A lot of consignment or antique shops are willing to pay well for the appropriate items in great condition. Beyond that, you can rent a booth space at a local flea market to try to sale your top-shelf items, and then sale the leftovers at a yard sale. From there, you can get a tax write-off for donations to Salvation Army type thrift stores.

One creative solution for items you don’t use much, like camping gear or tools is to find a friend to share with. There is love in sharing after all! If a nearby friend can accommodate your belongings in their garage or house, then maybe you can make a low-cost or trade arrangement with them, like letting them use your tools when needed. Also, if you live in a tiny house community of some kind, there may be a shared storage shed of some kind.

Maintenance Challenge

You can enjoy your movable tiny house to the max only if it is always kept clean and organized. Each item must have a home. Otherwise, beware of unruly piles of things left on the counter or in corners. When a home is disorganized, the mind can’t really function in its full capacity, and for a tiny home, it may easily zap out the fun experience that comes with downsized living.

Here’s our solution…

Declutter. Really, we can’t be any more emphatic about this because a tiny house is already efficiently built, typically with multi-functional storage solutions. Because of this, the house is primed for organization. But small spaces, get dirty and cluttered feeling three times as fast as a regular house. The good news is this can be quickly corrected.

Decluttering does not necessarily mean getting rid of more things but figuring out creative ways of keeping your space orderly. One creative method to consider is adding more multi-functional elements or swapping out furniture with options that double up its functionality. For example, a collapsing bed that doubles as a couch and perhaps triples as a storage box too! Ikea sales just the thing, a popular item in many tiny homes.

Also consider setting aside time daily to clean. Just ten to fifteen minutes are needed to transform your tiny space, in the morning or after you get home from work. Go from overwhelmed clutter to refreshing simplicity within moments!

Food Storage

Click for tiny house design and storage ideas

Click for tiny house design and storage ideas

What’s a home without a refrigerator? Still on the challenge of available space in a movable tiny house, can be food storage. One used to a bigger house with a jumbo refrigerator and walk-in pantry will likely have a hard time adjusting to a downsized lifestyle that will not be able to accommodate the same amount of groceries and kitchen ware.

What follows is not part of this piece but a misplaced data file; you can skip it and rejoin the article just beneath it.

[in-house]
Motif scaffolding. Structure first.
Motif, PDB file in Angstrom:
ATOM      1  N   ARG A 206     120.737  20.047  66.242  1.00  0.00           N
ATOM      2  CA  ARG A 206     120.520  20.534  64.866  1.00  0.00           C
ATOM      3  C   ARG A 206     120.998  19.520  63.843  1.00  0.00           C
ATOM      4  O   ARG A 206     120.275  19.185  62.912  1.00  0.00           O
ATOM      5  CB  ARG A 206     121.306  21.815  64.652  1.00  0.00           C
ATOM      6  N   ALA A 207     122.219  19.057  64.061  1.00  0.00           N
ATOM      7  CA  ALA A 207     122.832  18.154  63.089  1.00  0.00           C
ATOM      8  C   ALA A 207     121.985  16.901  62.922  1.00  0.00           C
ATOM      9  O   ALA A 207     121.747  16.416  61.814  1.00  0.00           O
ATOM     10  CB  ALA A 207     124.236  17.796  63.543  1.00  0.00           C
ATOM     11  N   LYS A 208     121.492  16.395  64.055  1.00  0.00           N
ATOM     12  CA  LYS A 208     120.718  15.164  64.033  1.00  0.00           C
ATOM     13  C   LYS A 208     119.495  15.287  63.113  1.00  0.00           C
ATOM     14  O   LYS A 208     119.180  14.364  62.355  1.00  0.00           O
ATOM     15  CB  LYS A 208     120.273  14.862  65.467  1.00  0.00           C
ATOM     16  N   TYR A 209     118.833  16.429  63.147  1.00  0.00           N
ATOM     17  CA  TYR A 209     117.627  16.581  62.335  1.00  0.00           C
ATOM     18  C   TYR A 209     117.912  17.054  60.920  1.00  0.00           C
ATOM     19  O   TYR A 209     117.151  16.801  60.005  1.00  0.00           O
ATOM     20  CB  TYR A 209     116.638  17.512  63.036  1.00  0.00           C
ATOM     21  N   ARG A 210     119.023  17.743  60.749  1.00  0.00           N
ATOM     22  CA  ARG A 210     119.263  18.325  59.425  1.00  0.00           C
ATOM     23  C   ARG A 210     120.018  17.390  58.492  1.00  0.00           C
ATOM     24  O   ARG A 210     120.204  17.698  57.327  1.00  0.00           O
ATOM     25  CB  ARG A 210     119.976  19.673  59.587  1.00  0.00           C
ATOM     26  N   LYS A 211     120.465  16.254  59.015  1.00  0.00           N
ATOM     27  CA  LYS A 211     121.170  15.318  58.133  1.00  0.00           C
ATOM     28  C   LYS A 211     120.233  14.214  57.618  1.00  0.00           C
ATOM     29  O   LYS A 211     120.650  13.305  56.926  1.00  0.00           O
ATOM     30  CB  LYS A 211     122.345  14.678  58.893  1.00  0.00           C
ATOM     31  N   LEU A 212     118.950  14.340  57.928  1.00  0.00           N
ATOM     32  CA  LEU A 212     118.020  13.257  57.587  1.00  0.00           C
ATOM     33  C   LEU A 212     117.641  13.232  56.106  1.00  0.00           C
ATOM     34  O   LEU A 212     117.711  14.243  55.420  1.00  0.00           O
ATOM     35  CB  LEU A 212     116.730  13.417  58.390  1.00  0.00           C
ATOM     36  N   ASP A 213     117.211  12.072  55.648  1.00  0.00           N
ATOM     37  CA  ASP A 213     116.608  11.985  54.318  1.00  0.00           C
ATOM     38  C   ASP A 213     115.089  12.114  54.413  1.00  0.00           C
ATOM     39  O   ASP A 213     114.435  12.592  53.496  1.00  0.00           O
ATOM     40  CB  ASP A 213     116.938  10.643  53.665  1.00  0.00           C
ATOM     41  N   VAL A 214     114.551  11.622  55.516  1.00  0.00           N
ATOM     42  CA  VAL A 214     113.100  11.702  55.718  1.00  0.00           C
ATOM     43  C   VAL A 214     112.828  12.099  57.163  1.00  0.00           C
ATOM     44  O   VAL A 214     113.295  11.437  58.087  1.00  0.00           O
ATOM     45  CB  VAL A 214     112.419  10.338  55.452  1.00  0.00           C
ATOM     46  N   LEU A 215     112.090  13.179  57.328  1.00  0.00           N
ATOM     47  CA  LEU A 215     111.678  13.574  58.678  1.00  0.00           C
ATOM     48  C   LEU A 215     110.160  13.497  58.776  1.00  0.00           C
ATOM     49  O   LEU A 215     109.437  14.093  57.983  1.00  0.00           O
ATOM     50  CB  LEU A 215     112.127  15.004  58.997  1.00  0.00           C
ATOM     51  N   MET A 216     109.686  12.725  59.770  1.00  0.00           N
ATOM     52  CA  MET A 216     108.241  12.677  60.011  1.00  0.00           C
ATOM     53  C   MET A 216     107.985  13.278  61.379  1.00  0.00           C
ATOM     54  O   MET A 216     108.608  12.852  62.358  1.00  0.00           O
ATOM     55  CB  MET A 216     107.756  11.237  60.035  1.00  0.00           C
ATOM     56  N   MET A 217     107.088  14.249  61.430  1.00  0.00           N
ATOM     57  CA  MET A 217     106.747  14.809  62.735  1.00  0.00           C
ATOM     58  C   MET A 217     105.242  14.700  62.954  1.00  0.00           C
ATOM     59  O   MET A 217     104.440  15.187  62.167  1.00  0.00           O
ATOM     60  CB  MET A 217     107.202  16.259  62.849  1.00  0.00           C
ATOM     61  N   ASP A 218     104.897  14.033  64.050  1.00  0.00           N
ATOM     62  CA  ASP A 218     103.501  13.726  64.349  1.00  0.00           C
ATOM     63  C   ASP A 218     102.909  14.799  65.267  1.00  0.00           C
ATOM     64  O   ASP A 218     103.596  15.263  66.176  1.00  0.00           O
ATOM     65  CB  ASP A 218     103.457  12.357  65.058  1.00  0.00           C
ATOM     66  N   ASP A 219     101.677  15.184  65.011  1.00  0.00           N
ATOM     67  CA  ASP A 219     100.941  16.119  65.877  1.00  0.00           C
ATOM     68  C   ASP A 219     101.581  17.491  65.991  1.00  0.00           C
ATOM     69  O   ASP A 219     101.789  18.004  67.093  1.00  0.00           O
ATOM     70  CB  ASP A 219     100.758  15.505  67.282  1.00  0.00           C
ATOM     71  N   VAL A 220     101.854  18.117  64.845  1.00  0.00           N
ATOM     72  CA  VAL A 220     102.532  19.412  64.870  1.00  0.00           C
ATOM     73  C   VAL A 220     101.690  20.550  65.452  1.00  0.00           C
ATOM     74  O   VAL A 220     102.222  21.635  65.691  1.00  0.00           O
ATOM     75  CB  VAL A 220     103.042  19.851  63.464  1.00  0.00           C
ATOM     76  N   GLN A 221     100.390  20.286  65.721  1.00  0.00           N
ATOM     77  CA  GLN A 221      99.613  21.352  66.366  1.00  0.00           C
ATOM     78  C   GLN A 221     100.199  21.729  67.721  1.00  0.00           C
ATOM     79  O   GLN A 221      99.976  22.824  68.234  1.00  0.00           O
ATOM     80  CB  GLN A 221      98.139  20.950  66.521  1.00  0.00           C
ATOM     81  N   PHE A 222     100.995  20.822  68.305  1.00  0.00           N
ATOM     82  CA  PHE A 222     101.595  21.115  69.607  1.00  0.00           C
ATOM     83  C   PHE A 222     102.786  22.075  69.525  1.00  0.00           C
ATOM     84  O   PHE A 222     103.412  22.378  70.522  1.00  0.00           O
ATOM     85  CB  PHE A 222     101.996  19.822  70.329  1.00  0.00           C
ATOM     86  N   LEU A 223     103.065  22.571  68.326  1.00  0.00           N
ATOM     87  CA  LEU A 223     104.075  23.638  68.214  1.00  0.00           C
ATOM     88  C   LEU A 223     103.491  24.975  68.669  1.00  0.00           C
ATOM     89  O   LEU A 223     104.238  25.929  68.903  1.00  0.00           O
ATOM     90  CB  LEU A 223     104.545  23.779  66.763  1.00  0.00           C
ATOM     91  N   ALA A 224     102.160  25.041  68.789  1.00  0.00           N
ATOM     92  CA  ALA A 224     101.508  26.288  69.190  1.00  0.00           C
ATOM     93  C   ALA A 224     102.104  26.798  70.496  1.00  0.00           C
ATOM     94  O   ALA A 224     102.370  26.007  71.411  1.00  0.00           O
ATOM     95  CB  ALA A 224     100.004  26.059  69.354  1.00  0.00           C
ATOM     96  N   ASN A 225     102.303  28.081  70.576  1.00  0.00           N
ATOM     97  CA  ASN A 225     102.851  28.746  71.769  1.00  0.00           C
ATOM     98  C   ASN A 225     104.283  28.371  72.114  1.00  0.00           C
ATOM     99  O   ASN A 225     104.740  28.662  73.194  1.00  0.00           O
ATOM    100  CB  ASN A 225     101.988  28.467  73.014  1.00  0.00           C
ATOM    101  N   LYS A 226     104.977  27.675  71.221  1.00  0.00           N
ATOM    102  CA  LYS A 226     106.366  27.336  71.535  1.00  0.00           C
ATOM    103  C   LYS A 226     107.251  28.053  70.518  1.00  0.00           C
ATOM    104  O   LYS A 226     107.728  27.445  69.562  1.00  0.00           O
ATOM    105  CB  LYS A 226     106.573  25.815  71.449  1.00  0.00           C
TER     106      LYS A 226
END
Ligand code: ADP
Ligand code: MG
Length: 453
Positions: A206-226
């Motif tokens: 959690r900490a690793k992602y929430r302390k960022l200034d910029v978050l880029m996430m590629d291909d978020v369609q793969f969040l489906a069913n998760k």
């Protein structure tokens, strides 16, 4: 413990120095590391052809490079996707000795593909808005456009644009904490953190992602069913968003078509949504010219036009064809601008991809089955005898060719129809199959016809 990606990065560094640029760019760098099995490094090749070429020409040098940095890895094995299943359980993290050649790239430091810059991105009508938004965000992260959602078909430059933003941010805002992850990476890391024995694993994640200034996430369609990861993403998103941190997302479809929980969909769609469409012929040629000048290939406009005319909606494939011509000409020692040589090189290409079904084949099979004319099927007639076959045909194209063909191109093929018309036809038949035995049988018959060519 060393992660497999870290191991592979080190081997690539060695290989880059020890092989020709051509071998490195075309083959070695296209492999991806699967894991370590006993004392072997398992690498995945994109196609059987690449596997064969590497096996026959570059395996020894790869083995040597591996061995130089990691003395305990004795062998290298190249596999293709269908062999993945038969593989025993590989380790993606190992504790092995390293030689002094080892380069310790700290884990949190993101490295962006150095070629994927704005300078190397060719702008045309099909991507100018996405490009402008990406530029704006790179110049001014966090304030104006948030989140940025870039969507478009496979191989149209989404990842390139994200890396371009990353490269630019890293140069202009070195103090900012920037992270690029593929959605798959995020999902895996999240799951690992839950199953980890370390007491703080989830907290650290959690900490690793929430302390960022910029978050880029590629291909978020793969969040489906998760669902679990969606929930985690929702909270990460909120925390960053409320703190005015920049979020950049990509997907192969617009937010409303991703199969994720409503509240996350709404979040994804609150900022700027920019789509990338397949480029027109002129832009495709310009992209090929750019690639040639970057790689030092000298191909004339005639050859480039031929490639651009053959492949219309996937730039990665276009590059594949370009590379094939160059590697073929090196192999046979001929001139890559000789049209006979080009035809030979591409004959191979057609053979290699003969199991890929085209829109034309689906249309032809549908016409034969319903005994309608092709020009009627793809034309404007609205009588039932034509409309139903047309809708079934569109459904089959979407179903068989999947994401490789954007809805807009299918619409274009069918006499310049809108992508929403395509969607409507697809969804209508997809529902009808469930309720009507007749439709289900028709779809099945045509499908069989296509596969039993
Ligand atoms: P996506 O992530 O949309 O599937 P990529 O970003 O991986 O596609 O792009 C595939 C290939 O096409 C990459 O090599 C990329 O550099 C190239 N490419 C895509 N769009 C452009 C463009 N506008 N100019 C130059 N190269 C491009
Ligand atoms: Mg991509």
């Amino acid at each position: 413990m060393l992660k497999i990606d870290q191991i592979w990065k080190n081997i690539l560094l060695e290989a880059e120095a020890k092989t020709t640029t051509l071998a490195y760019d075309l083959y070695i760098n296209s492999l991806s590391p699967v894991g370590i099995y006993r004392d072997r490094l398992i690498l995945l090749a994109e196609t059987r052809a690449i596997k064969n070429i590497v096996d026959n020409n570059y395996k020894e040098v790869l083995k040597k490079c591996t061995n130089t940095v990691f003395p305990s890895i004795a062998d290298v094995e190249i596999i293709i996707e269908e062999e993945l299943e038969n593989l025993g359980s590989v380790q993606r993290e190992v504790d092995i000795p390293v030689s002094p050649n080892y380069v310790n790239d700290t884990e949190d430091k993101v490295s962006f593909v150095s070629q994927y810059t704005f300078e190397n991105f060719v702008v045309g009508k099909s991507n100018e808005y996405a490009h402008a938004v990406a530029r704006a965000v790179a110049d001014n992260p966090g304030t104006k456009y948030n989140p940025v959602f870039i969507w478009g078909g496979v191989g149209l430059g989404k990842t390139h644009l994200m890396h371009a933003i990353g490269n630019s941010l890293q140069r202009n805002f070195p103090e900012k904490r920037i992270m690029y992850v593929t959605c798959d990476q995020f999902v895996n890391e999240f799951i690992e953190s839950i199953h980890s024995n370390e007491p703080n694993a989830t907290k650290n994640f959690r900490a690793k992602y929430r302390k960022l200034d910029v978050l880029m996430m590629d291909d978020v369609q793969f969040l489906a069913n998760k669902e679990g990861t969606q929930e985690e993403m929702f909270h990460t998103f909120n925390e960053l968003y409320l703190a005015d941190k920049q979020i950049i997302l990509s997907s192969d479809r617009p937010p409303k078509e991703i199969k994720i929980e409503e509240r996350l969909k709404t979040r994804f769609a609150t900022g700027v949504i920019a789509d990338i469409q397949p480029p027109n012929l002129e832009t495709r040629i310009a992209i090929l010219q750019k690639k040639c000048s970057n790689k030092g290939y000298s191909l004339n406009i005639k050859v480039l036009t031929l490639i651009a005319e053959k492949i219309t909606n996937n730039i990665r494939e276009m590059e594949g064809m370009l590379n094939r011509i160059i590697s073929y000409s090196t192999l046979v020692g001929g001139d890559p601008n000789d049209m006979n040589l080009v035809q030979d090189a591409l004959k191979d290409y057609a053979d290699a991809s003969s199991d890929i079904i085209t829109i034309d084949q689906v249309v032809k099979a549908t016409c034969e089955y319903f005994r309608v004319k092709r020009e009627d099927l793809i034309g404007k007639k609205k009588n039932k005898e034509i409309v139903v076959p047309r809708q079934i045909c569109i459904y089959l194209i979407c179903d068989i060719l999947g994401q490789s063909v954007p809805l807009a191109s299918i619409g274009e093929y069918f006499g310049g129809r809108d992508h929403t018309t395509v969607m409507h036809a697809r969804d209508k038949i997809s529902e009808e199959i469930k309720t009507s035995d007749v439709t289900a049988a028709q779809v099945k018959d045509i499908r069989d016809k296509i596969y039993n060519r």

Generally, a large fridge/freezer is sought after mostly because it accommodates larger grocery amounts and keeps things frozen for a longer time than a smaller sized one. But a smaller unit will more easily fit into a tiny home. For those who cook all the time, or are vegan, this may not be sufficient…

Here’s our solution...

Consider changing your grocery shopping habits from bulk purchases or heavy reliance on frozen food items to more frequent shopping trips and fresher eating habits. This way, you have to worry as much, since your storage needs will be reduced, and you are more likely to consume it all before it perishes—less potential food waste!

But if you would rather have a space to store items for much longer, that works too! Just design your tiny house around a full-size fridge/freezer combo. Or perhaps, if in a tiny home community you can used shared facility to store bulk items, or if you own your land, you can create a root cellar. This way, you don’t have to compromise.

When considering living in a tiny house, don’t feel dismayed by the lifestyle adjustments and unavoidable challenges that surely come with it. Thoughtful consider your needs, then prepare a plan to accommodate them in your design.

By identifying your preferences, even if by trial and error to a certain extend, you can achieve a satisfying home and desired comfort level. Lean on the experience of others through local tiny house Meetups, Facebook groups and blogs. You can overcome challenges in your transition process and home design, as they arise.

Most importantly, remember a simpler life means less time and money to waste, and essentially, more time to prioritize and enjoy more of life’s new experiences.

Guest Post Collaboration with Albert Smith